Each day, people enter hospitals in dire need of organ transplants. These people need more than medication or surgery to recover from their conditions – they require organ transplants to survive. With the demand for organs so high, many people often do not receive the transplants they need. We rely on registered organ donors to save patients’ lives every day.
Read on for more facts about organ donors.
5 Facts About Organ Donation
If you’re considering organ donation, there are some things you’ll want to know about the process.
First: all organ and tissue donors are willing donors. For those under the age of 18, parental consent is a requirement. The primary determinant is whether the donor and the recipient are a medical match, including matching in size, tissue type, and blood type.
Many Organ Donors Are Living Donors
There are not enough end-of-life organ donors, so living donors help save lives. Patients rely on the Michigan organ donor program, but there are many cases where donations come from living donors. In fact, 16% of organ transplants come from living donors. There are many ways to contribute to those in need while alive, such as by donating:
- A kidney: A person is able to live a long and healthy life with just one kidney. Since the human body has two, donating one can help save a life.
- A liver lobe: The liver is a fascinating organ because it can regrow. Donors are able to donate parts of their liver to others and the donor’s liver will grow back to its original size. The recipient’s new liver will also grow to full size.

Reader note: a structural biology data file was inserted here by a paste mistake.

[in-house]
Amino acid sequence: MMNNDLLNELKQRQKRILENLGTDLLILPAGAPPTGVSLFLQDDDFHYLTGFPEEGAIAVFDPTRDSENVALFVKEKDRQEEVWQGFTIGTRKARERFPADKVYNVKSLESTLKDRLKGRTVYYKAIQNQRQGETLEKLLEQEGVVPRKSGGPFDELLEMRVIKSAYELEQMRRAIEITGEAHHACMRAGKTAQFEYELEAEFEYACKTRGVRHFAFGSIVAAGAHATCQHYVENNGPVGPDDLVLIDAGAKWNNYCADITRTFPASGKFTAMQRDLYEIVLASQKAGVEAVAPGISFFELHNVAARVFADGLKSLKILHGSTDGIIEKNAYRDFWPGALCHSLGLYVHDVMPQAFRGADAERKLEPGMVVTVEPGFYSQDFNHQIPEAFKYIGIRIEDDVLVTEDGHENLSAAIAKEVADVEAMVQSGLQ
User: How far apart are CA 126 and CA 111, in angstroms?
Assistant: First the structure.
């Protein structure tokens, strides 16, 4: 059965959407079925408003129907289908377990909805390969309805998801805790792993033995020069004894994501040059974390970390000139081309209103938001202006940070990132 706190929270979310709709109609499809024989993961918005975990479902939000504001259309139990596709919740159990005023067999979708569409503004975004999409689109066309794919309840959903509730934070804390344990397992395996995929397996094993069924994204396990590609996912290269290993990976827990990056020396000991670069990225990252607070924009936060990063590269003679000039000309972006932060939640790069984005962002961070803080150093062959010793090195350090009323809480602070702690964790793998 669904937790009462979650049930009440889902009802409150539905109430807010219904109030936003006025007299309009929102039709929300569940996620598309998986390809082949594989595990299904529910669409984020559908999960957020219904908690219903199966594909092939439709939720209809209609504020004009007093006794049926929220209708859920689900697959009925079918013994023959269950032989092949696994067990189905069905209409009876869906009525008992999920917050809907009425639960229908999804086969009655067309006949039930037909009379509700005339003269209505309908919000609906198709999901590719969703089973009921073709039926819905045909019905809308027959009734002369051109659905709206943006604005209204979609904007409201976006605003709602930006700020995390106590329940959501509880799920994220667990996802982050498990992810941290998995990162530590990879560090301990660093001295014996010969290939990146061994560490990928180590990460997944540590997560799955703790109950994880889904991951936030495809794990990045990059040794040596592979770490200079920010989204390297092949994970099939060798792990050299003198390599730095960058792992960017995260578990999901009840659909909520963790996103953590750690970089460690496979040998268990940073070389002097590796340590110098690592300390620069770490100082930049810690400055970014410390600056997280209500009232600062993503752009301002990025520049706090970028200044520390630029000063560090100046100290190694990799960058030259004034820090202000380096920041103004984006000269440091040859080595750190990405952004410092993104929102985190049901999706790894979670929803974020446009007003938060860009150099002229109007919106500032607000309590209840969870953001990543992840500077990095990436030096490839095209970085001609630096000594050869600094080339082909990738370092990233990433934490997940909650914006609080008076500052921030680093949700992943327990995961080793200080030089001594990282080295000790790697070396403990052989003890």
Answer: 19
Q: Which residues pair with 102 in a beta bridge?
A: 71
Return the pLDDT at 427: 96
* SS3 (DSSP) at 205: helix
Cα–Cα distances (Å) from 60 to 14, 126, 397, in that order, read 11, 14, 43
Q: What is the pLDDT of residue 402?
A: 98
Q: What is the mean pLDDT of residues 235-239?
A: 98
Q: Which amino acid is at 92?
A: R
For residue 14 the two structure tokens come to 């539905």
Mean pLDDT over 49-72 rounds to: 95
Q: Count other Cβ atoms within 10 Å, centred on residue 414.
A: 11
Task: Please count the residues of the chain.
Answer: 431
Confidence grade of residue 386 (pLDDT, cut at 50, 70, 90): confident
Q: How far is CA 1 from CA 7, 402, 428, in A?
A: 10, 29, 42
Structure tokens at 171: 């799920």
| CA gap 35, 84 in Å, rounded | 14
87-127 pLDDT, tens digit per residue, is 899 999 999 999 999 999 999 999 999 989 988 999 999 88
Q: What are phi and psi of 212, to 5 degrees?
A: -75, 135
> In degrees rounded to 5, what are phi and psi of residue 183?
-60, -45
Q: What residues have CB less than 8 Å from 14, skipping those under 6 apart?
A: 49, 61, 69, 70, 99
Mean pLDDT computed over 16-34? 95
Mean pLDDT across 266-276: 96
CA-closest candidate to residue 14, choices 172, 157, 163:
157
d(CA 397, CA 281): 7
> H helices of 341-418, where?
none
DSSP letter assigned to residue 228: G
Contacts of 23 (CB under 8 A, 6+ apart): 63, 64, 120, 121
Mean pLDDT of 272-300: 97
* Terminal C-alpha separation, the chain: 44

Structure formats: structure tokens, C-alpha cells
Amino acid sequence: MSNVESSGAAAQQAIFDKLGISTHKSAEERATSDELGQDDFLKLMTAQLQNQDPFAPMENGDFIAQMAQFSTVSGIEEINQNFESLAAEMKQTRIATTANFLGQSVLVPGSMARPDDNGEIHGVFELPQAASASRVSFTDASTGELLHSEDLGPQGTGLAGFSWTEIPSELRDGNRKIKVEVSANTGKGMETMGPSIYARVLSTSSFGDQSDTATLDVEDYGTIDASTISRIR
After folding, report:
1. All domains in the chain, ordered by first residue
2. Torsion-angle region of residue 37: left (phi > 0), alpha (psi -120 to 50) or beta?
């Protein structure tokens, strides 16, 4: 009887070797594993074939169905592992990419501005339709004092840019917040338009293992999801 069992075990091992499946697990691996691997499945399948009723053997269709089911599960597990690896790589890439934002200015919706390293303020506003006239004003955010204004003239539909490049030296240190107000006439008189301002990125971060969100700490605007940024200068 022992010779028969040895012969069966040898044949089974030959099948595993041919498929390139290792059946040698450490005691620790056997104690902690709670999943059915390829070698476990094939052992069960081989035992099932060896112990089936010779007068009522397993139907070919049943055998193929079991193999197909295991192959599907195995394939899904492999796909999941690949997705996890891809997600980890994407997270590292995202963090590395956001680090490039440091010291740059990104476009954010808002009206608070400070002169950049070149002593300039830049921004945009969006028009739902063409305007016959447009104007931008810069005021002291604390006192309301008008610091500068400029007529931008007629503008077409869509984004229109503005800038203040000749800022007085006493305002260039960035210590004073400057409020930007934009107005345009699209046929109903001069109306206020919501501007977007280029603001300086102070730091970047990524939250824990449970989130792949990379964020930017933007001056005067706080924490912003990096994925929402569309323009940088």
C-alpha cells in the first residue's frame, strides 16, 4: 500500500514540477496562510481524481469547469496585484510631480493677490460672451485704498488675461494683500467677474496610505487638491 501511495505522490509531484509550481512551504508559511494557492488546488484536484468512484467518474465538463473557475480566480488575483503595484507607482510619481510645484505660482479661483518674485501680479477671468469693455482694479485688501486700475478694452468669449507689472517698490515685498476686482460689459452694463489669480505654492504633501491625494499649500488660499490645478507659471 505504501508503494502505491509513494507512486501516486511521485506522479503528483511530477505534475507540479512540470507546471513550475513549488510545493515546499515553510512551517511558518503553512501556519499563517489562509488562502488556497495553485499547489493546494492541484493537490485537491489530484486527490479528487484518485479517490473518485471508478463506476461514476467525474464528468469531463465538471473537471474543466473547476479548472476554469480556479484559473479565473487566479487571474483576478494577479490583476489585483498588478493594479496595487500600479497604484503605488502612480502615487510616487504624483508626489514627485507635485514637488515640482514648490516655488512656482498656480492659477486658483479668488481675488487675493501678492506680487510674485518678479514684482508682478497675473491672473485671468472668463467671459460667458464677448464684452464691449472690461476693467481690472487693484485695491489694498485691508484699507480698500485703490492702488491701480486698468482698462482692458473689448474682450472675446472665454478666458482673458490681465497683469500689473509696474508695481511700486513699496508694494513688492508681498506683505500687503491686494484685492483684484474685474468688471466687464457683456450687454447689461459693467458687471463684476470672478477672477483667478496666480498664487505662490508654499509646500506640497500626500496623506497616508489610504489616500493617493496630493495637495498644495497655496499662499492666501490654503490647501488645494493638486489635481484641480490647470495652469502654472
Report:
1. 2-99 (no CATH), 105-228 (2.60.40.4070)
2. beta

Patients Rely on Tissue Donation
Tissue donation can also help people live healthier, more active lives. Every form of tissue donation directly impacts the recipient’s life and well-being for the better. Transplanted tissues help repair and heal bodily defects and injuries, such as restoring sight and movement. For instance, people who receive cornea implants recover sight that was lost or limited due to trauma and other causes of corneal blindness. Donated tissue can also help people recover from surgical procedures and sports-related injuries. Aside from enjoying a vastly improved quality of life, tissue donations also remove the burden associated with the cost of ongoing medical treatment.
The tissues one can donate while alive include:
- Blood: This is one of the easiest ways to donate and help others. Patients rely on platelets and red and white blood cells, especially trauma victims.
- Bone marrow: A necessary donation for those battling leukemia and other forms of cancer, as well as sickle cell anemia.
- Skin: After surgery that removes excess skin, including a tummy tuck.
- Bone and tendon: The bone can be obtained after hip and knee replacement surgery. These go towards tumor, infection, or trauma patients and help save limbs from amputation.
- Heart valves, veins, and arteries: Valves, especially when implanted in young patients, help prevent further surgeries while enabling proper heart function. Veins and arteries assist patients with coronary defects, diabetes, and other conditions causing reduced blood flow, to restore circulation.